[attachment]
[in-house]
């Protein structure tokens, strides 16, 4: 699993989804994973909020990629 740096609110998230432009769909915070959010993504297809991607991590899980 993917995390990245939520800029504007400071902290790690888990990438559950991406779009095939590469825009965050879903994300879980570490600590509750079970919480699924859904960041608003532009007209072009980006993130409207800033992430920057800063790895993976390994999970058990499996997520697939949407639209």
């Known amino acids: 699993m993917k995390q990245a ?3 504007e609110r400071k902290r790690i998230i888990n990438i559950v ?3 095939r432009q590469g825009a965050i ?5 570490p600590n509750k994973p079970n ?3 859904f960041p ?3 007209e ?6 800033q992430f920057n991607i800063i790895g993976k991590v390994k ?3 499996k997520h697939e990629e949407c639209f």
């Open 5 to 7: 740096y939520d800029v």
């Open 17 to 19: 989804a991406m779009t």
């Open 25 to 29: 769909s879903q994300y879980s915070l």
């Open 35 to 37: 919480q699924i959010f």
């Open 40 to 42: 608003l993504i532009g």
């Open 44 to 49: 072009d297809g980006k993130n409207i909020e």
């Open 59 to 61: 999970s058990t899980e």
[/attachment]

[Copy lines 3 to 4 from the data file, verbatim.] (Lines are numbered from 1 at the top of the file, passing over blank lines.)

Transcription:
């Known amino acids: 699993m993917k995390q990245a ?3 504007e609110r400071k902290r790690i998230i888990n990438i559950v ?3 095939r432009q590469g825009a965050i ?5 570490p600590n509750k994973p079970n ?3 859904f960041p ?3 007209e ?6 800033q992430f920057n991607i800063i790895g993976k991590v390994k ?3 499996k997520h697939e990629e949407c639209f």
């Open 5 to 7: 740096y939520d800029v």